The Worst Career Mistakes Women Make

I made a lot of mistake, career wise, in my twenties. Honestly, I was in a field I had never even considered for myself, in a job that I hated (and would eventually lose), and (worst of all) I wasn’t making any progress toward where I actually wanted to be in my life.

Consider these seven career mistakes people often make in their twenties. In fact, I probably made them all—but that doesn’t mean you have to…


Many of us have expectations thrust upon us by parents, family members, friends, or mentors. All too often, we allow them to influence the track we’re taking in our lives. A huge career mistake would be to enter a job or field that you have absolutely no interest in pursuing (even if it makes Mom happy). Yes, it may satisfy those around you, but you’ll never love, or feel fulfilled by, the work you’re doing.

Try This: Start by writing down a list of your career must-haves, and refer to it whenever you’re considering applying for a company or accepting a job offer. For some this may be salary, for others it might be work-life balance or company culture.

When family members offer opinions on your career path at the family reunion, smile but remind yourself they’re not living your life. When you’re offered a position that interests and intrigues you, your happiness will be evident to everyone around you, even those trying to steer your career.


When I accepted my first full-time position, I was ecstatic. I could pay my bills, put a little away, and even had enough left over for a social life. However, getting comfortable in that position is exactly where I went wrong. Although I loved the work I was doing, and my colleagues, not focusing more on my own growth ultimately hindered my career. I ignored the red flags, and the more I did, the more I failed to listen as my career screamed for change.

Try This: As fabulous as your funds and your social life may seem, always trust your gut. You know when you’re ignoring the signs. We all do. Get out of your comfort(-able) zone and start looking for new challenges. Set weekly reminders to scan job boards, follow-up on outstanding applications, or reach out to people in your network for informational interviews. Make it a goal to acquire a new skill each month. Update your LinkedIn summary. Taking action, however small, will keep your career from atrophying.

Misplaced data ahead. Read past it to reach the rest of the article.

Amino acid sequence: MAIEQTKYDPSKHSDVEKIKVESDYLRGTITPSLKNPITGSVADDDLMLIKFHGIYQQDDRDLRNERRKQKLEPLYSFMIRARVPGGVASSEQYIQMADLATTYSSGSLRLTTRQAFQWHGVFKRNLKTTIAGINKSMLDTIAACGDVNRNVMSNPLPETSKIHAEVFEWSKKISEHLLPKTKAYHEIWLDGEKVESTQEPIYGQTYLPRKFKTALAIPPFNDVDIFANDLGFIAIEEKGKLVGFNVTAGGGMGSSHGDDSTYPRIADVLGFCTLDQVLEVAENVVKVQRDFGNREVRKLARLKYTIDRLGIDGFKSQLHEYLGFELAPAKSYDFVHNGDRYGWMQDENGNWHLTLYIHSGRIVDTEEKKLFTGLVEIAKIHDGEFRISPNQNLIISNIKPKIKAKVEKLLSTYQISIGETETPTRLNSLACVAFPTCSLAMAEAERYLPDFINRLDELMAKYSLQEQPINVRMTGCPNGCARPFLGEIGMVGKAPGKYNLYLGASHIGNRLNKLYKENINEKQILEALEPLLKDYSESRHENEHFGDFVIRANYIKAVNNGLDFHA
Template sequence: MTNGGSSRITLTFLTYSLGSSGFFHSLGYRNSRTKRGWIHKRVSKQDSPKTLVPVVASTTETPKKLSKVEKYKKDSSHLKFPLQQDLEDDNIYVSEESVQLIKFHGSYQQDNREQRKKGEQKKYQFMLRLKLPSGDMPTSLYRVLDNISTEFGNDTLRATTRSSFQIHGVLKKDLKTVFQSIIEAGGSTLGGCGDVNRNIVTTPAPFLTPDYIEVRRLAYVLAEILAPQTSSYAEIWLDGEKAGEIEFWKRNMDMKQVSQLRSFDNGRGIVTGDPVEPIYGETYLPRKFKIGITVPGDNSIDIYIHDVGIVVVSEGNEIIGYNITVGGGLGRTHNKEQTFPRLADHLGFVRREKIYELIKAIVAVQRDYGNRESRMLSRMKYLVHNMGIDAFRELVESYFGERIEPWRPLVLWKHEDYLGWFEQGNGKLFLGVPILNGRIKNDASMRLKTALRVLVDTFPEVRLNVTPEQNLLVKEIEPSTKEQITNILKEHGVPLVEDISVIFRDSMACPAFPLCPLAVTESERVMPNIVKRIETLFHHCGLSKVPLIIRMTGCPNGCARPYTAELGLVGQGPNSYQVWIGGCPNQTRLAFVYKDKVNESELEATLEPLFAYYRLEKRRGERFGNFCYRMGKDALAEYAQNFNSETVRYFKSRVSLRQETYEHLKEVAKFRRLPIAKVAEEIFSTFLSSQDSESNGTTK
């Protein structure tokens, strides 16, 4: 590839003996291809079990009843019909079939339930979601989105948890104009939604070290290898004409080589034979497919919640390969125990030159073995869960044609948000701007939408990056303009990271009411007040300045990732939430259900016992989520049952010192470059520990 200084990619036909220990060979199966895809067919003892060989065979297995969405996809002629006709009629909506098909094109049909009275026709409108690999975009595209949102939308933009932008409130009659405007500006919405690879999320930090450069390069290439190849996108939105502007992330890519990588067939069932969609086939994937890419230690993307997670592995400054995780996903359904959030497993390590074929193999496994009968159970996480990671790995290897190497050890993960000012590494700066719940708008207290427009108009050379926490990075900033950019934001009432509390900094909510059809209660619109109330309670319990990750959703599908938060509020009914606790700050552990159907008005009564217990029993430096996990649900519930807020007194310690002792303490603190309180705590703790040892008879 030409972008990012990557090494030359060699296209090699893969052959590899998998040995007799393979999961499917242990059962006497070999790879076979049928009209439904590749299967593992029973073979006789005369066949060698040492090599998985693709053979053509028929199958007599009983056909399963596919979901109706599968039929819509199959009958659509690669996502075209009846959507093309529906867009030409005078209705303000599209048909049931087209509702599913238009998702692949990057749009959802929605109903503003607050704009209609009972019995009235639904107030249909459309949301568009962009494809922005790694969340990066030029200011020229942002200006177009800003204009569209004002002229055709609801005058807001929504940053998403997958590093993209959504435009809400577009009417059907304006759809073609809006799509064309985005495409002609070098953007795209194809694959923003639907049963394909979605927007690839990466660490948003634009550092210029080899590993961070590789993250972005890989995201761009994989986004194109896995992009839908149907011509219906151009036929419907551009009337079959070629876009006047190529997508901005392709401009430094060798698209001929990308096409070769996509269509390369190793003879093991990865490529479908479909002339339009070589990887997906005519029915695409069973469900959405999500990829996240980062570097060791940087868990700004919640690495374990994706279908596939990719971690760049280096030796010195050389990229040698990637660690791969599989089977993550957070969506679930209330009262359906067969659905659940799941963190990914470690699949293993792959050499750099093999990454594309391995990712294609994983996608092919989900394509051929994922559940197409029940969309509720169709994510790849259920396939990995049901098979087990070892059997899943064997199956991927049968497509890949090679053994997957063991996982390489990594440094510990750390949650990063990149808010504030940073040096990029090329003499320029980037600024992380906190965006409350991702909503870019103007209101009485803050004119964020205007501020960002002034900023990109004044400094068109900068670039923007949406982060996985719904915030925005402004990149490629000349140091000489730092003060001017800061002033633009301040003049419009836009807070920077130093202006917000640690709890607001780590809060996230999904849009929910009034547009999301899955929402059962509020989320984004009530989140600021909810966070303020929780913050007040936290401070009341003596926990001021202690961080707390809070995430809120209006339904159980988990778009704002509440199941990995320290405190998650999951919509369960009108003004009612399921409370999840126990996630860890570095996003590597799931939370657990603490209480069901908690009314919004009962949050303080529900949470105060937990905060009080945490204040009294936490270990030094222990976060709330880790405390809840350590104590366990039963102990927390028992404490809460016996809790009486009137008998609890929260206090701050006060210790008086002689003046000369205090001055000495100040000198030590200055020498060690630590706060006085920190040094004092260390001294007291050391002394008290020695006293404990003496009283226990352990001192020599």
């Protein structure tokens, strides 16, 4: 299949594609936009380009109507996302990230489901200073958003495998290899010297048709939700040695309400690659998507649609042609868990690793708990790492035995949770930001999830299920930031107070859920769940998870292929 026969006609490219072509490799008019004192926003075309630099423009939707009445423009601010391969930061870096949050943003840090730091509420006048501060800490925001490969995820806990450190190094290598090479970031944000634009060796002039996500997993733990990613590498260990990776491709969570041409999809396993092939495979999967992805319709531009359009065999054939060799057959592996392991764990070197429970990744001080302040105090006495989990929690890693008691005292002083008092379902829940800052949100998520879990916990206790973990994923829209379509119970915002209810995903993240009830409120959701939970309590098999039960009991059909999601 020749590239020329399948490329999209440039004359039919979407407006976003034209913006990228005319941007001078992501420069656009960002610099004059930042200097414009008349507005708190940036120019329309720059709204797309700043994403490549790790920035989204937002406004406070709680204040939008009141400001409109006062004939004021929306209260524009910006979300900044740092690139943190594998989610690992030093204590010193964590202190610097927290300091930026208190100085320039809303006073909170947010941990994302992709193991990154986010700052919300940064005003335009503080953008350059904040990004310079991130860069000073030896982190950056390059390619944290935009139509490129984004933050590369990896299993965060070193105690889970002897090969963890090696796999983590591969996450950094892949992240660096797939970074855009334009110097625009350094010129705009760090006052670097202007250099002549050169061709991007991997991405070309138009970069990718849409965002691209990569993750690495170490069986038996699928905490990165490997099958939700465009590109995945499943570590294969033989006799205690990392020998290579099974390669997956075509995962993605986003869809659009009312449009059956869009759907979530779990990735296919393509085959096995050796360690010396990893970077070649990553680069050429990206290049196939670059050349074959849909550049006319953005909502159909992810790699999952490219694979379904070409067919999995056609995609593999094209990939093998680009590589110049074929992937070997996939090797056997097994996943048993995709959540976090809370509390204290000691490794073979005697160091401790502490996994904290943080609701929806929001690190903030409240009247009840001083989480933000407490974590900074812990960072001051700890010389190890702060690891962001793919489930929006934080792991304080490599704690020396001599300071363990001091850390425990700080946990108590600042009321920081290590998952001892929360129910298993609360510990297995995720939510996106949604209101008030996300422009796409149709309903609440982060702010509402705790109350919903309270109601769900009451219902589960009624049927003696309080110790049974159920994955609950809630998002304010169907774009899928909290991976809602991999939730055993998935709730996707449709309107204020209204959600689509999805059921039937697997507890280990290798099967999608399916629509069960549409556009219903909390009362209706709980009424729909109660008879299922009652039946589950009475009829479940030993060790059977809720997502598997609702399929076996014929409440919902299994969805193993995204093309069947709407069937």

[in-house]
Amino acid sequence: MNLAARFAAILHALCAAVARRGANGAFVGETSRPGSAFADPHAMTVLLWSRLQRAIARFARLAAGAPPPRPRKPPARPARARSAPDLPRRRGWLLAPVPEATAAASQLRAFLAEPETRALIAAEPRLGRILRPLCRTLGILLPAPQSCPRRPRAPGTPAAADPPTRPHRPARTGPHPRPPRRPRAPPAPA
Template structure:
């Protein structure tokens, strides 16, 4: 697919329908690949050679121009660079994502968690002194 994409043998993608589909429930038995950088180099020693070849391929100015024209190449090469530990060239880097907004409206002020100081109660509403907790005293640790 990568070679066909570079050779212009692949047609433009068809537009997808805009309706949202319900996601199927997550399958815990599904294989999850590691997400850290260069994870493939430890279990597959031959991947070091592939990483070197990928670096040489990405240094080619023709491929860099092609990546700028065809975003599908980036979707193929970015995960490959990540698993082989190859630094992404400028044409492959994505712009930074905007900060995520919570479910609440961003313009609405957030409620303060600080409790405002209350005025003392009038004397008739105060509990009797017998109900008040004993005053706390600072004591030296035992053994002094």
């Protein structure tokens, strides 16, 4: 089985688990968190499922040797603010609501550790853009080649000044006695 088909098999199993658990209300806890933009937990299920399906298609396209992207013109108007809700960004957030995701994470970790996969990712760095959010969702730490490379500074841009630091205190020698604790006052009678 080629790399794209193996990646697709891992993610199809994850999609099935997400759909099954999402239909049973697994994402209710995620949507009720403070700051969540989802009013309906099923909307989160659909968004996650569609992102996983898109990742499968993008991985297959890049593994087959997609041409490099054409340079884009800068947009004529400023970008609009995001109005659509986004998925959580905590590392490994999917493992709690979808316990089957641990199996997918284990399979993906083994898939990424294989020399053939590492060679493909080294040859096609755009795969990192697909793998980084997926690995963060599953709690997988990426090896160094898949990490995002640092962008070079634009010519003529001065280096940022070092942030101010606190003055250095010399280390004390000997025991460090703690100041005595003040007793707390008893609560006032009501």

Searching for a job is a full-time job, so when you do get an offer, the pressure to take it can seem insurmountable. But, taking a job you know you don’t want, just to have a job, will only lead to unhappiness. Think about it. You spend most of your time at work, so if you’re not happy, it will affect your life outside of it.

Try This: If you’re strapped financially, and need to take the job, do it, but set a deadline foryourself. And then? Hustle. Head directly home after work to write some cover letters or update your portfolio. Remind yourself this process is only temporary and accept that you may need to spend a few months scanning job boards rather than going out with friends.  Make sure that you don’t find yourself procrastinating in a job you don’t want. Do the work, but make sure to keep working towards your end goal, whatever it may be!


When it comes to your career, the word “trapped” should never enter your vocabulary. Similar to taking a job you don’t want, staying in a job you hate can wreak havoc on your life outside of work. Whether you’ve outgrown the position, are burnt out, or are just bored, it’s time to go.

If you’re unhappy at work, your attitude and personality could suffer, which inevitably affects your personal life and relationships. If you’re feeling this way, you should launch a search for a new position, immediately.